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              The shortest telomere, not average telomere length, is critical for cell viability and chromosome stability.

              Loss of telomere function can induce cell cycle arrest and apoptosis. To investigate the processes that trigger cellular responses to telomere dysfunction, we crossed mTR-/- G6 mice that have short telomeres with mice heterozygous for telomerase (mTR+/-) that have long telomeres. The phenotype of the telomerase null offspring was similar to that of the late generation parent, although only half of the chromosomes were short. Strikingly, spectral karyotyping (SKY) analysis revealed that loss of telomere function occurred preferentially on chromosomes with critically short telomeres. Our data indicate that, while average telomere length is measured in most studies, it is not the average but rather the shortest telomeres that constitute telomere dysfunction and limit cellular survival in the absence of telomerase.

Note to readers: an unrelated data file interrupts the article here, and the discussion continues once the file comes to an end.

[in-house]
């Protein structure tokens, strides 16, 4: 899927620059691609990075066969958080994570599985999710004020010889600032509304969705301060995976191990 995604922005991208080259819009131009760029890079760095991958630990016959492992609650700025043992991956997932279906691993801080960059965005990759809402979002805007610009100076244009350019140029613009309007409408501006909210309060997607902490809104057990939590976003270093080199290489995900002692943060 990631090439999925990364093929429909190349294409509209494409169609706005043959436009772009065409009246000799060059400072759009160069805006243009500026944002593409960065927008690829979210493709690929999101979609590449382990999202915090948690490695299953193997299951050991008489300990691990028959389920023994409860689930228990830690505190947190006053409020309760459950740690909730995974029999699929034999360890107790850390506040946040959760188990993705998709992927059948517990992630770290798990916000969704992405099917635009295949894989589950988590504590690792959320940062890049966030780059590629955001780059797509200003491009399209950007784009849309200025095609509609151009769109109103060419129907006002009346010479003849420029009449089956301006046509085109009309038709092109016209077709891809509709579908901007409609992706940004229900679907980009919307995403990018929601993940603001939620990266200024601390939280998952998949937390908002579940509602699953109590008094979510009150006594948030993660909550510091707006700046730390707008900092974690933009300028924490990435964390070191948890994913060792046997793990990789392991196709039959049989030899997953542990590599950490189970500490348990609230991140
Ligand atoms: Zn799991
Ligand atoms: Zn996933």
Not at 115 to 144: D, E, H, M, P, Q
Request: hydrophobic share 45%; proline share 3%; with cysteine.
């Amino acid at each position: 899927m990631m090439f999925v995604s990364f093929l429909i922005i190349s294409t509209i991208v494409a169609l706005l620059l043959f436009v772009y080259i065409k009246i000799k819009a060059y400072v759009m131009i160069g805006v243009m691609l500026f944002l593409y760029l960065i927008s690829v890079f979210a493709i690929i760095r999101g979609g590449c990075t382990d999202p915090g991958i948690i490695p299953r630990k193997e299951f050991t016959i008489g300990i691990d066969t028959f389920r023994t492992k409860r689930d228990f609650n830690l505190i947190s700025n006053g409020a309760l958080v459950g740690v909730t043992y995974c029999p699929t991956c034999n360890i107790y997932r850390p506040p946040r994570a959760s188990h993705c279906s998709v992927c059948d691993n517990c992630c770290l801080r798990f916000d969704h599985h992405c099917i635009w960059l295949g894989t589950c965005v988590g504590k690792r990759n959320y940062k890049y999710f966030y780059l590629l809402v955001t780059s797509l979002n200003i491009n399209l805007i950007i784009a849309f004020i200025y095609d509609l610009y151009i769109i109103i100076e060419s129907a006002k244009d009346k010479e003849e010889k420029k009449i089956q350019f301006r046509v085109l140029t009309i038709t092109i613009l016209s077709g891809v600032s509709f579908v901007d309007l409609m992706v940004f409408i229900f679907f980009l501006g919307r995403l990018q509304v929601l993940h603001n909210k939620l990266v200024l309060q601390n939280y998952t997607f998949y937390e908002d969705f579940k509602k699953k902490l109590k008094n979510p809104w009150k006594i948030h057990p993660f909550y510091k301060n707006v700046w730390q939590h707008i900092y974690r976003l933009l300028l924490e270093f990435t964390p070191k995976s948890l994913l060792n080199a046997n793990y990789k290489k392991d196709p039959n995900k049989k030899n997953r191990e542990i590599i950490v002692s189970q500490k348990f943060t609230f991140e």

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                Author and article information

                Contributors
                Role: Editor
                Journal
                PLoS One
                plos
                plosone
                PLoS ONE
                Public Library of Science (San Francisco, USA )
                1932-6203
                2010
                8 January 2010
                : 5
                : 1
                Affiliations
                [1 ]Division of Cardiology, San Francisco General Hospital, San Francisco, California, United States of America
                [2 ]Department of Medicine, University of California San Francisco, San Francisco, California, United States of America
                [3 ]Department of Biochemistry and Biophysics, University of California San Francisco, San Francisco, California, United States of America